In 1900, Maxwell's theoretical model of light as oscillating electric and magnetic fields seemed complete. However, several observations could not be explained by any wave model of electromagnetic radiation, leading to the idea that light-energy was packaged into quanta described by . Later experiments showed that these light-quanta also carry momentum and, thus, can be considered particles: The photon concept was born, leading to a deeper understanding of the electric and magnetic fields themselves.
Up to 1923, most physicists were reluctant to accept that light itself was quantized. Instead, they tried to explain photon behaviour by quantizing only matter, as in the Bohr model of the hydrogen atom (shown here). Even though these semiclassical models were only a first approximation, they were accurate for simple systems and they led to quantum mechanics.
Photons in a Mach–Zehnder interferometer exhibit wave-like interference and particle-like detection at single-photon detectors.
Stimulated emission (in which photons "clone" themselves) was predicted by Einstein in his kinetic analysis, and led to the development of the laser. Einstein's derivation inspired further developments in the quantum treatment of light, which led to the statistical interpretation of quantum mechanics.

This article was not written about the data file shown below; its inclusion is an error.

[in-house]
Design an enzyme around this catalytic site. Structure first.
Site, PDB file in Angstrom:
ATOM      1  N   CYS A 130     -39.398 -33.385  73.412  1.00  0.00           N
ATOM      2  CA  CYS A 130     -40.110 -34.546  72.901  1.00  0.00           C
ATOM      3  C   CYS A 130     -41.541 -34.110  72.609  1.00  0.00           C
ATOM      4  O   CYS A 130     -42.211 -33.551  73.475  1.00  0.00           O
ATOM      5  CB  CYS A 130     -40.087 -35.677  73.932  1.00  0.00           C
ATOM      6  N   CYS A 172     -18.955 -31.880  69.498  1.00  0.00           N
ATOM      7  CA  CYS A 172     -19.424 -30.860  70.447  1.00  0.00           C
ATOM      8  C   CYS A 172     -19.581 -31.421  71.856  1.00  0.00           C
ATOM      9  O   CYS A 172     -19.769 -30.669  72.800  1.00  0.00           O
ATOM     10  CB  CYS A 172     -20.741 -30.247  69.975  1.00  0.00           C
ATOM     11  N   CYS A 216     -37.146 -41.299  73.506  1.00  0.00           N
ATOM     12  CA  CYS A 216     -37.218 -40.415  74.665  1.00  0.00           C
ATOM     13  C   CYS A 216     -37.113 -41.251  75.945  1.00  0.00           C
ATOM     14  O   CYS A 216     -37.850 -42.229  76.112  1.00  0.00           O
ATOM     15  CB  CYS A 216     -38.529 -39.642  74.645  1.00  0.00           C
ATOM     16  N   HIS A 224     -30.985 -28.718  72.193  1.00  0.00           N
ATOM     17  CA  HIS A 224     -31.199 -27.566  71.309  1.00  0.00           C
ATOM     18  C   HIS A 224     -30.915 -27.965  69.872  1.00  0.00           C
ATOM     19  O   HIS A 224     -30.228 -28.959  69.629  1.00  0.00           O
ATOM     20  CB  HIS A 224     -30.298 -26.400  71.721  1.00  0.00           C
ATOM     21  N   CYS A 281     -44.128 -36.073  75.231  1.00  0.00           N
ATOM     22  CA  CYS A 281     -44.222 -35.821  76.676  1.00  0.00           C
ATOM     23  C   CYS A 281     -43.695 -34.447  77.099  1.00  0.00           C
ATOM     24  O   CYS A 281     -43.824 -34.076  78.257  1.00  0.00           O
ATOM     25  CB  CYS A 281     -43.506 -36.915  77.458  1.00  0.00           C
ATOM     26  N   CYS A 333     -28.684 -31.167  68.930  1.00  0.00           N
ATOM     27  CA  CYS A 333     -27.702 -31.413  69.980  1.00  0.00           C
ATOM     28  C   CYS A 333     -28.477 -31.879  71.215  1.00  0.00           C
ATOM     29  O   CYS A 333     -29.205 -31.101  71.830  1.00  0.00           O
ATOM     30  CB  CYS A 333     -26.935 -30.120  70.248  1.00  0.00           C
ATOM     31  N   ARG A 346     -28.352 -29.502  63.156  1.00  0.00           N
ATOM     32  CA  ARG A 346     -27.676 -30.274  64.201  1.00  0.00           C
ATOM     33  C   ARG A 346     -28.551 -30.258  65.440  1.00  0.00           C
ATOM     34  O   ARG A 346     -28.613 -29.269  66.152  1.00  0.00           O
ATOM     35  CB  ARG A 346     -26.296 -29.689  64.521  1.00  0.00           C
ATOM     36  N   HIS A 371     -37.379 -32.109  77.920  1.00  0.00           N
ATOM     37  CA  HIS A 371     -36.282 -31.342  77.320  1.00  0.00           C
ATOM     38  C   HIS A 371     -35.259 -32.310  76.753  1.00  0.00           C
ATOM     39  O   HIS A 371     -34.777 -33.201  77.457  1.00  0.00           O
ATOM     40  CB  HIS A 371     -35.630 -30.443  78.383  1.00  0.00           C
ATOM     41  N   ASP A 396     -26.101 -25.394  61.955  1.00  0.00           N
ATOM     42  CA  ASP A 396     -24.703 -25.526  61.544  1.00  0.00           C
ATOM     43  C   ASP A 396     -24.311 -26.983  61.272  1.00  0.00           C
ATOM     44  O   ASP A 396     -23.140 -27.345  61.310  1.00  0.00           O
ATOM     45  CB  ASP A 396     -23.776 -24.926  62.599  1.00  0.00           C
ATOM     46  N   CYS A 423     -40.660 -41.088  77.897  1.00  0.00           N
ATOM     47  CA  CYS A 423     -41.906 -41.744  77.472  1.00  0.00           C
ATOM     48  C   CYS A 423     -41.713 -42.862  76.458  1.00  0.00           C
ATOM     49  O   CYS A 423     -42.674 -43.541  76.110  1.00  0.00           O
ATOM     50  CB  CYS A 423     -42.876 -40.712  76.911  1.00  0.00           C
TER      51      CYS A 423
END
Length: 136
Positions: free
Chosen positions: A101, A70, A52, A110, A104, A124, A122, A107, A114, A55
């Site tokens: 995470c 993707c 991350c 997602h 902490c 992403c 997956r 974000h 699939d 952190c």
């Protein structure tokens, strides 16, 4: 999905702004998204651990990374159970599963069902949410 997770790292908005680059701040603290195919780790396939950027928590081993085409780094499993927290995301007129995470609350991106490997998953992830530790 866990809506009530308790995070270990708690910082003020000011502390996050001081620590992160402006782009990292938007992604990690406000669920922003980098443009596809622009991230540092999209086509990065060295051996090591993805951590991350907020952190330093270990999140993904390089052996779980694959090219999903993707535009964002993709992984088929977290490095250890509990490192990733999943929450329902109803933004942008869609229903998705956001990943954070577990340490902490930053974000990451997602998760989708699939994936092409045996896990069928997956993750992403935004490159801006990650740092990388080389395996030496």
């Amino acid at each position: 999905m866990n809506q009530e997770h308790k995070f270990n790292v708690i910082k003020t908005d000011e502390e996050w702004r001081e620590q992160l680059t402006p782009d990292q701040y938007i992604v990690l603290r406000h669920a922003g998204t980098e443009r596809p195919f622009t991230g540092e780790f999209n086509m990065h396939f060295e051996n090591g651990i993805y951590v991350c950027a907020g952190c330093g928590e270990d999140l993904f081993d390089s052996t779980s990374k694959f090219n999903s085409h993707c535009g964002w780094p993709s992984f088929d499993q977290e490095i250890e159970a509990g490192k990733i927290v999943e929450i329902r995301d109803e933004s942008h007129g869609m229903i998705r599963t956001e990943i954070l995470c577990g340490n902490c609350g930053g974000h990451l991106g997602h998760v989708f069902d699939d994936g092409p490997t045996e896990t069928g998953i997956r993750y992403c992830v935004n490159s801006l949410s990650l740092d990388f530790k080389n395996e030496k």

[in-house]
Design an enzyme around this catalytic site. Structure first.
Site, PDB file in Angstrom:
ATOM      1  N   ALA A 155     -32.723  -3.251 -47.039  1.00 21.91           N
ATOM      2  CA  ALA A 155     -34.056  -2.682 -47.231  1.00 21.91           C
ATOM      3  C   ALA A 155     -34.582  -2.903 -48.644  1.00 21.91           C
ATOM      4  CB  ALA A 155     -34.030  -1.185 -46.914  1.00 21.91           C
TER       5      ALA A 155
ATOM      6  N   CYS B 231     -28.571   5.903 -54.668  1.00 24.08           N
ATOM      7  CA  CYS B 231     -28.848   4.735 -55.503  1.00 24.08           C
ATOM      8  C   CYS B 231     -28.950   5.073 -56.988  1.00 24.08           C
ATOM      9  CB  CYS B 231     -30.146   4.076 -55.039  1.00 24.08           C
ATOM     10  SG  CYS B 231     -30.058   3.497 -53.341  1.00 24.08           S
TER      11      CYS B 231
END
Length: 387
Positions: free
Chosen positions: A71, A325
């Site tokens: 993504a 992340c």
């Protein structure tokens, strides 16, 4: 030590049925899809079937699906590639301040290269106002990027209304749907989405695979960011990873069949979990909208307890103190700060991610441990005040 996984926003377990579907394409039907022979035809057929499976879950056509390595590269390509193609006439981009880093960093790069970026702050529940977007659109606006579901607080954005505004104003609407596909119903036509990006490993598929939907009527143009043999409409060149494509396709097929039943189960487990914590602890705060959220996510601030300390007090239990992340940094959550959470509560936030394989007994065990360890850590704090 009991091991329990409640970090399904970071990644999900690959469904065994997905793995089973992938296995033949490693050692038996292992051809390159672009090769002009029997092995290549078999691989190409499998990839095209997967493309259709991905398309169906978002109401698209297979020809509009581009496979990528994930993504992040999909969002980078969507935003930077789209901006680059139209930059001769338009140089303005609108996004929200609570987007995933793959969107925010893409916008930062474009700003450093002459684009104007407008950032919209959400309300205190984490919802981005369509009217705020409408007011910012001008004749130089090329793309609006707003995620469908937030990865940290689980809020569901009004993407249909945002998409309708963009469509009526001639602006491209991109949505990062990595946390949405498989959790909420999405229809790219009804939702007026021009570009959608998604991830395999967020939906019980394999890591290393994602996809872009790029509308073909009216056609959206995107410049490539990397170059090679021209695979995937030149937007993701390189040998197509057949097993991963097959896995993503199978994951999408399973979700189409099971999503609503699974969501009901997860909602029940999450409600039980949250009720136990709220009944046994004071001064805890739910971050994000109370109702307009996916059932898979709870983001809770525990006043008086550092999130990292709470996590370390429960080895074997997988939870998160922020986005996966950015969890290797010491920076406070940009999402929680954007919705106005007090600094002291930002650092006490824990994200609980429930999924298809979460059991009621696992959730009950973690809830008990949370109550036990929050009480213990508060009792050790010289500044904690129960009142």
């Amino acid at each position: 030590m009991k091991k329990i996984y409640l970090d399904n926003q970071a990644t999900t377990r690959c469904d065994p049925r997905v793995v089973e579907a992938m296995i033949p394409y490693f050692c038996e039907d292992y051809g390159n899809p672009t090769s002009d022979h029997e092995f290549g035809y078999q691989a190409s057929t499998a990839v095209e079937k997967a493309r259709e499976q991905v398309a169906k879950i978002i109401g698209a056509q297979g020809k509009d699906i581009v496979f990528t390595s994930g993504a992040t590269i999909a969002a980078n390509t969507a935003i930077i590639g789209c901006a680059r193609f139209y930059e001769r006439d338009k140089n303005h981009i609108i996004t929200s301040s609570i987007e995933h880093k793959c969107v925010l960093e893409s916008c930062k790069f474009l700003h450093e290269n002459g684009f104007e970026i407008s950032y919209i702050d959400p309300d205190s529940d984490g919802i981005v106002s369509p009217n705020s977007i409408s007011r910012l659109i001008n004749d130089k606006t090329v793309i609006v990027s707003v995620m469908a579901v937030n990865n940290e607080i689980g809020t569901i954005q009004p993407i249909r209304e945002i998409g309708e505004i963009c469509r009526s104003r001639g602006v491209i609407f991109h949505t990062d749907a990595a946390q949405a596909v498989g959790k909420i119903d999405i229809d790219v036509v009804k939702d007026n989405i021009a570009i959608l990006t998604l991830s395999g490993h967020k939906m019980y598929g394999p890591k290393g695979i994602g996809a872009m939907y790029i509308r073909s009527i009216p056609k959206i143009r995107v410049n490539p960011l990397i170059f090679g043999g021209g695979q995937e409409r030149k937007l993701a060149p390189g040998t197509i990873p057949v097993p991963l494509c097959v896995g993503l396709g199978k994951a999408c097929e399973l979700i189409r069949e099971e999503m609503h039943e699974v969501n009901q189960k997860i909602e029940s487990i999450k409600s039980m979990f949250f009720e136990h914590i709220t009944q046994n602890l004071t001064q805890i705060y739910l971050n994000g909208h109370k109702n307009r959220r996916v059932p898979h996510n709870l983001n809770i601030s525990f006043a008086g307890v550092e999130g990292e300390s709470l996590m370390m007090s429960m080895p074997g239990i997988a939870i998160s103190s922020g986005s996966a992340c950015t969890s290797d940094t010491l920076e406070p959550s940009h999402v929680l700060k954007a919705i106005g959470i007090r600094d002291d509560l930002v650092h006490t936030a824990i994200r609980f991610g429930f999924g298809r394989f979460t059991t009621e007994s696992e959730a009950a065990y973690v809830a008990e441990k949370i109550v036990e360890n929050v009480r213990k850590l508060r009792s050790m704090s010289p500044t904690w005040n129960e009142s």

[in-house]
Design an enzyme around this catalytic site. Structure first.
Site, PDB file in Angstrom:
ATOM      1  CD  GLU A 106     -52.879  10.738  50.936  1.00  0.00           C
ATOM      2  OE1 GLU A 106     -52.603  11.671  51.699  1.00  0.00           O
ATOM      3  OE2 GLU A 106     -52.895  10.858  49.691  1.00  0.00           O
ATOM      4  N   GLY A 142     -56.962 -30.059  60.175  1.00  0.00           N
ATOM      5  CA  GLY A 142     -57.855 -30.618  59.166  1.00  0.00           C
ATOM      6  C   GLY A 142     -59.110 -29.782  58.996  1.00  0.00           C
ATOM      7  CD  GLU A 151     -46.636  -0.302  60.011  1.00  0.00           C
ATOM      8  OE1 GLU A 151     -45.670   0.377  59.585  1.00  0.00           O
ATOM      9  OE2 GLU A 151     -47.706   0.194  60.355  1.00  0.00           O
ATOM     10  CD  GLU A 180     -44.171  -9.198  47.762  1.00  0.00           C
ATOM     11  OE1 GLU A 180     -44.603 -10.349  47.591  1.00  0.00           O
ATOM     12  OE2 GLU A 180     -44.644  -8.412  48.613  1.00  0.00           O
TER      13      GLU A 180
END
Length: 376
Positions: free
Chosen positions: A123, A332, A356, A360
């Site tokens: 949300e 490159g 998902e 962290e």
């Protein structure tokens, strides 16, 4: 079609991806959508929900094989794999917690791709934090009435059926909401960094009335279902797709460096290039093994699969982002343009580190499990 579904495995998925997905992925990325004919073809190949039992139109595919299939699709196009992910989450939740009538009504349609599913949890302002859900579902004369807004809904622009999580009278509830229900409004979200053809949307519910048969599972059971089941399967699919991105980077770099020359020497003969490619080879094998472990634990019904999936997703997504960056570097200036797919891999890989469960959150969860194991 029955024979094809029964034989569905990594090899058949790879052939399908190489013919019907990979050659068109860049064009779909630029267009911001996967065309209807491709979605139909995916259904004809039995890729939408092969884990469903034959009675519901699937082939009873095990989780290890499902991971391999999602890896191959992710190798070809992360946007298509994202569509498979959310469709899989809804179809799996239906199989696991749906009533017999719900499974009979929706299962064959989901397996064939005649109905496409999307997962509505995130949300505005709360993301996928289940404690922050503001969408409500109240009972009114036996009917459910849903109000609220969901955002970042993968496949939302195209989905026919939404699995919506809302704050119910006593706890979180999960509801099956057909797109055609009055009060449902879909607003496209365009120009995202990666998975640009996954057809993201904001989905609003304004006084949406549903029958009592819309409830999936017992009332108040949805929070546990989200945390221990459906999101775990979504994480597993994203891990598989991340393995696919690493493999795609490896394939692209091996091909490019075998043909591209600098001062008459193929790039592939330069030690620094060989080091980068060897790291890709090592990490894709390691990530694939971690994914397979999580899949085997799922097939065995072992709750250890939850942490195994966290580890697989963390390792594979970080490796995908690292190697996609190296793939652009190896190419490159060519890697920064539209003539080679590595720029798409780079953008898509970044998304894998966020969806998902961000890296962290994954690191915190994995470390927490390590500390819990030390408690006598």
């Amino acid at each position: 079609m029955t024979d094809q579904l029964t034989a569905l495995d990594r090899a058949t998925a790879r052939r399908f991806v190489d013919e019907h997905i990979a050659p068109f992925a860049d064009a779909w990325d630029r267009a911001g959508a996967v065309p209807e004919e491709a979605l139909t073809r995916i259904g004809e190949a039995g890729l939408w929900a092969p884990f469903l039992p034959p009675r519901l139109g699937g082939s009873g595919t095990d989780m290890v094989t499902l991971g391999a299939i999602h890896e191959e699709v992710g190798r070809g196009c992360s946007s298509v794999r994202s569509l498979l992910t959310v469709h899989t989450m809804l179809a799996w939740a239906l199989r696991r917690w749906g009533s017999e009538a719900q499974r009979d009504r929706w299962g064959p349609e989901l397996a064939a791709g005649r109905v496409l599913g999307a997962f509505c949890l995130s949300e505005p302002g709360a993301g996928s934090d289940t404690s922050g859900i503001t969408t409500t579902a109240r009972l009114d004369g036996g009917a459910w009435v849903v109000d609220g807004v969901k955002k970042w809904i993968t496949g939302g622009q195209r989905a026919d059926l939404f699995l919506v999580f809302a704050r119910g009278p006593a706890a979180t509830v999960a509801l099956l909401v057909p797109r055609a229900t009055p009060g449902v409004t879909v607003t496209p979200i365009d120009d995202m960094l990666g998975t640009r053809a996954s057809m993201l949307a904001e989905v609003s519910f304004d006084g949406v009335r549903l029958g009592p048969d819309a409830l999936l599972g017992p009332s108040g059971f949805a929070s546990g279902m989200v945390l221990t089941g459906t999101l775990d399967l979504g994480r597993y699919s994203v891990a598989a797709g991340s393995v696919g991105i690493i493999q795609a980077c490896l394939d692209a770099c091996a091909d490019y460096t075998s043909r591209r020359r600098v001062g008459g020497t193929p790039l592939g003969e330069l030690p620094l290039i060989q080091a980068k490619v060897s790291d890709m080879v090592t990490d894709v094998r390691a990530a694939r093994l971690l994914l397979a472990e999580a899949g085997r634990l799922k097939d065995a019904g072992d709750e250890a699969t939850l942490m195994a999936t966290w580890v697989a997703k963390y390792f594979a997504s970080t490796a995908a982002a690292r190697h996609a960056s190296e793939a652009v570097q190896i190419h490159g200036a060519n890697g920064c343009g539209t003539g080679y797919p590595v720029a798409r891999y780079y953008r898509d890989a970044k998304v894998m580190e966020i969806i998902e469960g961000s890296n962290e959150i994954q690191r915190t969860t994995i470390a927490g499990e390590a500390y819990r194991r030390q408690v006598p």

Different electromagnetic modes (such as those depicted here) can be treated as independent simple harmonic oscillators. A photon corresponds to a unit of energy E = hν in its electromagnetic mode.

Like all elementary particles, photons are currently best explained by quantum mechanics, and exhibit wave–particle duality, their behavior featuring properties of both waves and particles.

During a molecular, atomic or nuclear transition to a lower energy level, photons of various energy will be emitted, ranging from radio waves to gamma rays.

Bohr in 1922

Niels Bohr

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Bohr in 1922
Bohr as a young man
Bohr and Margrethe Nørlund on their engagement in 1910.